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Erik The Viking Review


Good
First things first: Terry Jones' Erik the Viking is not a Monty Python film. In fact, only two Pythons appear in it at all.

The film is based on Jones' own children's stories, about vikings living in the dark, war-torn age of Ragnarok. Fed up with all the killing and looting, Erik (a not-so-famous Tim Robbins) leads his villagemates on a quest across the sea to find Valhalla, which involves a magical horn, the edge of the world, an island with no violence (which is a problem for vikings), and of course the usual pillager vandal types on their tale.

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Monty Python's Meaning Of Life Review


Very Good
Don't pay too much attention or you may start to feel there's no meaning to it after all. A series of some of Python's most disgusting and raunchy vignettes -- from human butchery to a grotesquely obese man who explodes after his final nightly gorge -- the film purports to tell us about, obviously, the meaning of life. While a few moments are genuinely funny and the movie's musical numbers are quite memorable, most of the film is hit-and-miss. If you're Python-obsessed (like me), you'll find enough to overlook the flaws, but casual fans need not apply.

Monty Python's Life Of Brian Review


Excellent
The year was 1979 and the world was threatened by fundamentalism. Following the end of a prosperous period, people had begun to become mistrustful again. Right-wingers were beginning to weed their way into the political landscape, and the hearts of men and the stupidity of the recklessly religious were creating the large voting bloc that we have today.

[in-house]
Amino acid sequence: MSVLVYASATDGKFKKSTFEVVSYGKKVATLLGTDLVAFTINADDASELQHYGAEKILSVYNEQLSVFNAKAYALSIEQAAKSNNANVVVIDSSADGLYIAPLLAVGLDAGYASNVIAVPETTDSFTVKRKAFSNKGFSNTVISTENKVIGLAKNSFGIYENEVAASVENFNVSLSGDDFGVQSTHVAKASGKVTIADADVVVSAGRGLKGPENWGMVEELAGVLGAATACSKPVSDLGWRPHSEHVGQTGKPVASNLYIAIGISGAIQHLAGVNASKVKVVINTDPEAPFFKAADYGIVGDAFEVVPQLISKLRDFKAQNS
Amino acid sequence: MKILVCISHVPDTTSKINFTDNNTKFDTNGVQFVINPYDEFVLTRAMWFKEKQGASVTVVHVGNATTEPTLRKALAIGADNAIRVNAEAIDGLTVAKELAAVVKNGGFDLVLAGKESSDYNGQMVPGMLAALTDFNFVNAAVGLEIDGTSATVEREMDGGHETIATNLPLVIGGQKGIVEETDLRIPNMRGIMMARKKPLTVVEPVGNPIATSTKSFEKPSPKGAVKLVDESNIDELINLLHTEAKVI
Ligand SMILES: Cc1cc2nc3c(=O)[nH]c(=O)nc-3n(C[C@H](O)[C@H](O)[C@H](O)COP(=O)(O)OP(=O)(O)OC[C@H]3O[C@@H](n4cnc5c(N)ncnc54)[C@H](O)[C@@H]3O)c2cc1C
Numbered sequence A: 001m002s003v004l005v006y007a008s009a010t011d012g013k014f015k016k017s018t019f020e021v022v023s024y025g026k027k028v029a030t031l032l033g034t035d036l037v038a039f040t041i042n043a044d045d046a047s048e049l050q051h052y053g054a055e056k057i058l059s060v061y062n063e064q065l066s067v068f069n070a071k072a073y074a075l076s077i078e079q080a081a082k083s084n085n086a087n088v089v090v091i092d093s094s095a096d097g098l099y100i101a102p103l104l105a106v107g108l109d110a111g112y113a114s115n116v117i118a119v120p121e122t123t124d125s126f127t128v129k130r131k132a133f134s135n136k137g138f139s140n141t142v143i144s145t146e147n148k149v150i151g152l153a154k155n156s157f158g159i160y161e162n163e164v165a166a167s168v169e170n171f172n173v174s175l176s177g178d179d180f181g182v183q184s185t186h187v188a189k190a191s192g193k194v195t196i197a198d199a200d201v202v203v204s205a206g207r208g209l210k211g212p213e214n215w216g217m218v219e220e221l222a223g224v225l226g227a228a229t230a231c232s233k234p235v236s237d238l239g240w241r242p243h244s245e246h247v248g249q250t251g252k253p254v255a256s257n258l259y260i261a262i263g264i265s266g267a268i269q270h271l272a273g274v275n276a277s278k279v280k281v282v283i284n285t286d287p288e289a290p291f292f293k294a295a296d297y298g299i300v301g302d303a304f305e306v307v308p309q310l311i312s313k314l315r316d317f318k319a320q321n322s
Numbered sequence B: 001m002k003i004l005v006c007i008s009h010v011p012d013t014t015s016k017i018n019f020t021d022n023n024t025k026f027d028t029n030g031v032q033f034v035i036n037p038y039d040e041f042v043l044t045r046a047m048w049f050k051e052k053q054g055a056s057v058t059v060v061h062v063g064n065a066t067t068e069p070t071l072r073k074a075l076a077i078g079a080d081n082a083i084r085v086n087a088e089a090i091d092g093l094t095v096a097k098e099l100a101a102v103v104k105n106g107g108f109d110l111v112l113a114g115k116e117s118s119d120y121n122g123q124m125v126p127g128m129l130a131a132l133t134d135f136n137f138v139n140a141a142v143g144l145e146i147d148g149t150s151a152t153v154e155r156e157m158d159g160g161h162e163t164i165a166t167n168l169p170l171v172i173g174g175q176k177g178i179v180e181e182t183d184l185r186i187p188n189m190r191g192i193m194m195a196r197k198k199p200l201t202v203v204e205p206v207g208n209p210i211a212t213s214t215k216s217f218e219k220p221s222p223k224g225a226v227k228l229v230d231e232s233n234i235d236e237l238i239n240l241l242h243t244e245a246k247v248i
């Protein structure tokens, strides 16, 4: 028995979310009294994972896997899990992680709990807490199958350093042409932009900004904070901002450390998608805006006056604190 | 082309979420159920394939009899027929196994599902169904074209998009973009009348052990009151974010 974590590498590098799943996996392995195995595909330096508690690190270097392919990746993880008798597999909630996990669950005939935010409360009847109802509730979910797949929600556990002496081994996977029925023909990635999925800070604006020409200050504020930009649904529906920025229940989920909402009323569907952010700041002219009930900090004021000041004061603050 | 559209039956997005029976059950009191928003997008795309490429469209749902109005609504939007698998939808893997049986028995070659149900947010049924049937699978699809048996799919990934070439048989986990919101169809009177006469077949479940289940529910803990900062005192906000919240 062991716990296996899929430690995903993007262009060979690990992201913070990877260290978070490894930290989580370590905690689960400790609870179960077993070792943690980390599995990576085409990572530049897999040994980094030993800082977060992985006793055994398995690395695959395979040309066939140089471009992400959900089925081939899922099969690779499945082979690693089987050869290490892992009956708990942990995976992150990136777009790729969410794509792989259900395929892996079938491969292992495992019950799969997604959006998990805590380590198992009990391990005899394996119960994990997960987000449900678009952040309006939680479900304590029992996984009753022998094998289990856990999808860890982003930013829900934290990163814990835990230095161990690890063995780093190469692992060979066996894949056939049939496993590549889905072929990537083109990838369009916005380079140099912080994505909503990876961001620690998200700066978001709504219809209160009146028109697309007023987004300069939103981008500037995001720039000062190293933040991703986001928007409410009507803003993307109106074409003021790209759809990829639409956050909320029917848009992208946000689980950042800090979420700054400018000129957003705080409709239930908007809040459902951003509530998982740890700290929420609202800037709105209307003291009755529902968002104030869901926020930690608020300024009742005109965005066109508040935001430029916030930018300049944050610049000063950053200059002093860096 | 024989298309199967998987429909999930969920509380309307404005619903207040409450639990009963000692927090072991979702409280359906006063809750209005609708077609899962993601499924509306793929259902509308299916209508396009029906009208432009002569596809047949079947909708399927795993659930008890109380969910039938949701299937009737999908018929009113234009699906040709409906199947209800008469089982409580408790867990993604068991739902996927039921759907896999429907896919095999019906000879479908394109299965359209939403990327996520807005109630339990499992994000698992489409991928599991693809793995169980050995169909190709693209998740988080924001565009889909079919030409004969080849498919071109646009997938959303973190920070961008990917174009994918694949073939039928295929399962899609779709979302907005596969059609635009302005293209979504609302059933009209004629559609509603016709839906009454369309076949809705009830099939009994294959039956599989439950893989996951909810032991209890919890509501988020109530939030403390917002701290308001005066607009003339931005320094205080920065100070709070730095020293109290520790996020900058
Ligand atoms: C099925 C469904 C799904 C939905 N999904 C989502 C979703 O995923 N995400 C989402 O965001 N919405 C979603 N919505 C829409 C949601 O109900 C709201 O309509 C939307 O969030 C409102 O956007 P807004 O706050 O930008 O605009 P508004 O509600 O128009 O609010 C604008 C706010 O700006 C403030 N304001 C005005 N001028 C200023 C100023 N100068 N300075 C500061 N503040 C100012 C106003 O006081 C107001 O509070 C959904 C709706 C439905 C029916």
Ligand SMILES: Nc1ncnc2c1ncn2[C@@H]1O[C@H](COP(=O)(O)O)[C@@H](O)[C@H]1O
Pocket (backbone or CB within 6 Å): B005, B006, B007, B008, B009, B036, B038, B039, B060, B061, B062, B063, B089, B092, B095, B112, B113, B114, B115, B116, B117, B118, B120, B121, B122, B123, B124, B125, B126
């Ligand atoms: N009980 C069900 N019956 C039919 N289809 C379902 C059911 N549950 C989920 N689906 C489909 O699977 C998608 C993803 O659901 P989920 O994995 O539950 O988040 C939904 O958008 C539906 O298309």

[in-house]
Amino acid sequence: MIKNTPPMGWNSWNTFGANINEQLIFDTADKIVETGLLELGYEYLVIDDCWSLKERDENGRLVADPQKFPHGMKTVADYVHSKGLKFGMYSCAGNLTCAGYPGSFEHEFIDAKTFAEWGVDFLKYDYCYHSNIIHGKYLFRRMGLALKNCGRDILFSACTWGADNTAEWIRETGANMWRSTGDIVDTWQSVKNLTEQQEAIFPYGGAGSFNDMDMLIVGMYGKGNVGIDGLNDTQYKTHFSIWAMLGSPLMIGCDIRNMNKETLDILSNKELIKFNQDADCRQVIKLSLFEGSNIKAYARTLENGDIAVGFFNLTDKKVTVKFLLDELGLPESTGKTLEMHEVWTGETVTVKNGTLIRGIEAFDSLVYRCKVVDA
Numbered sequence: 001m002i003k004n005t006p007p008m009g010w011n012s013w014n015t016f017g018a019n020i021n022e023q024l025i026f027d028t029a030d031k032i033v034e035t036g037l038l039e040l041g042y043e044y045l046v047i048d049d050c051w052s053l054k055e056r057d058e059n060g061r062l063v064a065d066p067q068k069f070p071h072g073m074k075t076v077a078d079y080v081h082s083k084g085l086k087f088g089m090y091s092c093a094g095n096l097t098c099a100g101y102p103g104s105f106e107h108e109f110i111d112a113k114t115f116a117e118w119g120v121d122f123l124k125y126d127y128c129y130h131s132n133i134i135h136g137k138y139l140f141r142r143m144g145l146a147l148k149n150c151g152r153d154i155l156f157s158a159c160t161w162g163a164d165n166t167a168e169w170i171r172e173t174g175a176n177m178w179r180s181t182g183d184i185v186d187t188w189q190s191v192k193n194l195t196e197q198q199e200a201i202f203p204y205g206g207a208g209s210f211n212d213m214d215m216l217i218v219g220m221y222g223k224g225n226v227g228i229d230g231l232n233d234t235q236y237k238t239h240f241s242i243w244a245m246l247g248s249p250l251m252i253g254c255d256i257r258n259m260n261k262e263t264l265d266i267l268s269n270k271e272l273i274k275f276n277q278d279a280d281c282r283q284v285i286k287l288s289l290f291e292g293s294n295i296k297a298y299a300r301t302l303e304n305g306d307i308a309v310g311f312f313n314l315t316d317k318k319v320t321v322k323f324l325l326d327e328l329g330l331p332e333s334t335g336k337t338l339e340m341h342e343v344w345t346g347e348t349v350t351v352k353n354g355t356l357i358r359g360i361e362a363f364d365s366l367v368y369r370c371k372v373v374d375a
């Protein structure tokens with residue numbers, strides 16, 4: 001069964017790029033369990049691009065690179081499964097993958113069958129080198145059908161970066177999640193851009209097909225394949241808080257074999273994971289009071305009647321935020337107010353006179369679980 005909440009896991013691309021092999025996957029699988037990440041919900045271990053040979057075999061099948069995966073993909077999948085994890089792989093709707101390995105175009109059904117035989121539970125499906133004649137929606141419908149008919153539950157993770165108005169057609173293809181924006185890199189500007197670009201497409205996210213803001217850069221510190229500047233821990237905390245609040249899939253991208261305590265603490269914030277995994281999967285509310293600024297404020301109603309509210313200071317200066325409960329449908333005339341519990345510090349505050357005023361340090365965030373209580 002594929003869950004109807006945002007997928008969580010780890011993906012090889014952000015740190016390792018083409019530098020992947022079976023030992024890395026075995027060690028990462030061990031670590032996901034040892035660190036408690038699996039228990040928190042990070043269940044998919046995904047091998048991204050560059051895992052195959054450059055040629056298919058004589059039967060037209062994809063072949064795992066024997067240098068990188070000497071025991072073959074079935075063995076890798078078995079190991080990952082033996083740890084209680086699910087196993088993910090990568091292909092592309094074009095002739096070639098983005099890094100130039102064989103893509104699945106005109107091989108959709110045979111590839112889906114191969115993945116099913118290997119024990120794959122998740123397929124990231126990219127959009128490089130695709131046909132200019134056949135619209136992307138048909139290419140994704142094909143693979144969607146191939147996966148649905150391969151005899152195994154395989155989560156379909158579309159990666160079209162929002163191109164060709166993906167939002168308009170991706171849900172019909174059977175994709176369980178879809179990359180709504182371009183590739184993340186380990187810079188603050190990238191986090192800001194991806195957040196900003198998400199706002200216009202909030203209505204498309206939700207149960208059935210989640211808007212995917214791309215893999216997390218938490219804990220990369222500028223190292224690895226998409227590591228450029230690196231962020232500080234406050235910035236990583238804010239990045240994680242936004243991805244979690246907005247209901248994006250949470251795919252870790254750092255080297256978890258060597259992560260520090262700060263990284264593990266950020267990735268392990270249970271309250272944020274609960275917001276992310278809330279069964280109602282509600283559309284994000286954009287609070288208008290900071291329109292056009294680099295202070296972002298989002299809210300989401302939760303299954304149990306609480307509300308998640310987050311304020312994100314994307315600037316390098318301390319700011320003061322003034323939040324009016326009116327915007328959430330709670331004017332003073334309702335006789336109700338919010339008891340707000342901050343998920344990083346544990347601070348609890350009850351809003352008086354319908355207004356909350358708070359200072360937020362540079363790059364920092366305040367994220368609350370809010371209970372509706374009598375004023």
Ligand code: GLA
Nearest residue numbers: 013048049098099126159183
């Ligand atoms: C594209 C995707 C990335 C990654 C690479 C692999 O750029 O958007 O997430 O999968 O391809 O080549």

And a bunch of brilliant Brits had to do bugger with it.

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Festival In Cannes Review


Excellent
Attending a film festival is a remarkable experience. For a few solid days, a individual can recline in comfortable movie theater seats, consume buckets of warm, buttery popcorn, and enjoy cold fountain drinks. People can also relish that rare film which hasn't been mistreated by studio budgets or stipulations by censor boards. It's altogether a little slice of heaven, and Festival in Cannes provides an insider's look at such an experience.

Each year, hundreds of film festivals transpire, but Cannes is definitely one of the most celebrated. Indie director Henry Jaglom takes us within the 1999 Cannes Film Festival and regenerates the flavor of what it's like to be there. As the movie opens, Jaglom inserts a montage of photographs featuring actors and filmmakers who have visited the festival earlier. Actors like Grace Kelly, Charlie Chaplin, and directors like Alfred Hitchcock have attended.

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Festival In Cannes Movie Review

Attending a film festival is a remarkable experience. For a few solid days, a...

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